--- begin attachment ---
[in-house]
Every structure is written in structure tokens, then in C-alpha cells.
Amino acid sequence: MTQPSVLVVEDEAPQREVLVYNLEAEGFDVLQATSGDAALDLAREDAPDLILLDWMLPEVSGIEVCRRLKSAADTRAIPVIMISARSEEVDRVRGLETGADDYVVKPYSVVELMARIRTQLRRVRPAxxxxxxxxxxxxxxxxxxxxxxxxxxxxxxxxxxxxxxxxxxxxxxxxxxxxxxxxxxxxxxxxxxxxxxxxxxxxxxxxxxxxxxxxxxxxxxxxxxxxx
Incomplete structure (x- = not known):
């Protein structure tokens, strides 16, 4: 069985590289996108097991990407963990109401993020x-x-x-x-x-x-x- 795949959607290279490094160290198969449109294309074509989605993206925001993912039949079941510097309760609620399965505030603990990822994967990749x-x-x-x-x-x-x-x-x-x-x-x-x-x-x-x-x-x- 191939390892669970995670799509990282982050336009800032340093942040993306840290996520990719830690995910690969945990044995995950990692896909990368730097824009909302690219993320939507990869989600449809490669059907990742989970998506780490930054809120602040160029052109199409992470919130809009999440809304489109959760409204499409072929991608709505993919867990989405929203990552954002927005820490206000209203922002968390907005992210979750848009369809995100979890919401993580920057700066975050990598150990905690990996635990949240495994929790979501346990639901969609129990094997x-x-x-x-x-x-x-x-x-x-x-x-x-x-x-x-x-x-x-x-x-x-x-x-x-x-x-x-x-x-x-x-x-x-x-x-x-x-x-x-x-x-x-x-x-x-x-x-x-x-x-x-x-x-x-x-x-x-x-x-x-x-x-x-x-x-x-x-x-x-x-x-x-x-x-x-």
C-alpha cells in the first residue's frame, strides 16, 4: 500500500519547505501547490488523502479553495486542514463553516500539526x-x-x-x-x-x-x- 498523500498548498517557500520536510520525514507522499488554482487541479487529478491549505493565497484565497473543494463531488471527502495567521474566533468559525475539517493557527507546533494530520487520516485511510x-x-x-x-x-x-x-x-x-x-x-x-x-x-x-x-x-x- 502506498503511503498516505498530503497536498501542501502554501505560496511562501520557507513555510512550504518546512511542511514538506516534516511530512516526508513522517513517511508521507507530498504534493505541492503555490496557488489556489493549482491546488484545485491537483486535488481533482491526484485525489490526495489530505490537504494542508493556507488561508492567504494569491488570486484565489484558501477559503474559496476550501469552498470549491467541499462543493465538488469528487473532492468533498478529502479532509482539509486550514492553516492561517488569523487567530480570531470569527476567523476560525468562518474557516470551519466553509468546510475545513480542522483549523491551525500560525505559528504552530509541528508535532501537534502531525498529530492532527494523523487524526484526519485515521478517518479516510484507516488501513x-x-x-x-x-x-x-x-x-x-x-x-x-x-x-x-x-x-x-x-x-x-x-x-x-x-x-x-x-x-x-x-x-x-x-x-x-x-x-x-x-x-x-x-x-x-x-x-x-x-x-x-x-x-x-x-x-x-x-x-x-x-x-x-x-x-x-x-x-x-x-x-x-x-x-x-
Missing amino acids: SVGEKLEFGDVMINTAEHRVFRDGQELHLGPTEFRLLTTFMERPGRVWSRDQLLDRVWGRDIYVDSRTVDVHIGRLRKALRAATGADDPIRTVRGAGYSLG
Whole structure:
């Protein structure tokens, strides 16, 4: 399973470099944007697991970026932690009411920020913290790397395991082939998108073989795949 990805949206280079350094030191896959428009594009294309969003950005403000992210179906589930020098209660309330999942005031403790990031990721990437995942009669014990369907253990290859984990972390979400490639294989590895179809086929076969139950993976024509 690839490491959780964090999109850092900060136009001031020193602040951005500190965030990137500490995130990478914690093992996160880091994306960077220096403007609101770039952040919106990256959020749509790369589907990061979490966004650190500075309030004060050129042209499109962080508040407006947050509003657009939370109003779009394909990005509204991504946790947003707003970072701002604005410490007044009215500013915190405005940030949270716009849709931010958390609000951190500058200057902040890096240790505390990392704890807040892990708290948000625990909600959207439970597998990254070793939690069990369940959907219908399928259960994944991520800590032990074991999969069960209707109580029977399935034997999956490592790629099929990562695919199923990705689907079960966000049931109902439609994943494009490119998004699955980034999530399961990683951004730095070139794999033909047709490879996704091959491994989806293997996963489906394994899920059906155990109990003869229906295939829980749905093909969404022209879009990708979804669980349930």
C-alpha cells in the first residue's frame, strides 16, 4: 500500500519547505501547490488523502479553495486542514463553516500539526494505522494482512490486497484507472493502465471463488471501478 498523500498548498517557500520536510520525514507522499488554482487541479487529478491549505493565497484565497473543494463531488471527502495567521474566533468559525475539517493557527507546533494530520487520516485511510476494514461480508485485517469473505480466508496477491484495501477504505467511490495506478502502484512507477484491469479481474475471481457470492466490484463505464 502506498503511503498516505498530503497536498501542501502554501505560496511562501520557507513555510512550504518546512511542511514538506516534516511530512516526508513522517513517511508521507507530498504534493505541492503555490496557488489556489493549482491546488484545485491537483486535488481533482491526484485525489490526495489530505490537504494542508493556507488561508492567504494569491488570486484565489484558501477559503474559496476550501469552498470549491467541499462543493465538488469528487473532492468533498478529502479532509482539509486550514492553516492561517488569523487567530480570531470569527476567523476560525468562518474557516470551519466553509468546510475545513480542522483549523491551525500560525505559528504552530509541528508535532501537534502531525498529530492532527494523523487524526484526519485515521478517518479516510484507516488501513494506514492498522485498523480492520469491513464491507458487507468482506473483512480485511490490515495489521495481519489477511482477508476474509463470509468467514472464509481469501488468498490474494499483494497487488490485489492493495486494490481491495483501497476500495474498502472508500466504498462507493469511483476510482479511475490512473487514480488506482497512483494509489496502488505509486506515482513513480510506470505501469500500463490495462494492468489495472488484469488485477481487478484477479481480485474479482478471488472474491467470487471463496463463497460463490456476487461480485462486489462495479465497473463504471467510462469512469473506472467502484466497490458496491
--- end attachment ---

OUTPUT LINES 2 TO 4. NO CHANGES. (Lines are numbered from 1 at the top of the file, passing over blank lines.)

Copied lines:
Every structure is written in structure tokens, then in C-alpha cells.
Amino acid sequence: MTQPSVLVVEDEAPQREVLVYNLEAEGFDVLQATSGDAALDLAREDAPDLILLDWMLPEVSGIEVCRRLKSAADTRAIPVIMISARSEEVDRVRGLETGADDYVVKPYSVVELMARIRTQLRRVRPAxxxxxxxxxxxxxxxxxxxxxxxxxxxxxxxxxxxxxxxxxxxxxxxxxxxxxxxxxxxxxxxxxxxxxxxxxxxxxxxxxxxxxxxxxxxxxxxxxxxxx
Incomplete structure (x- = not known):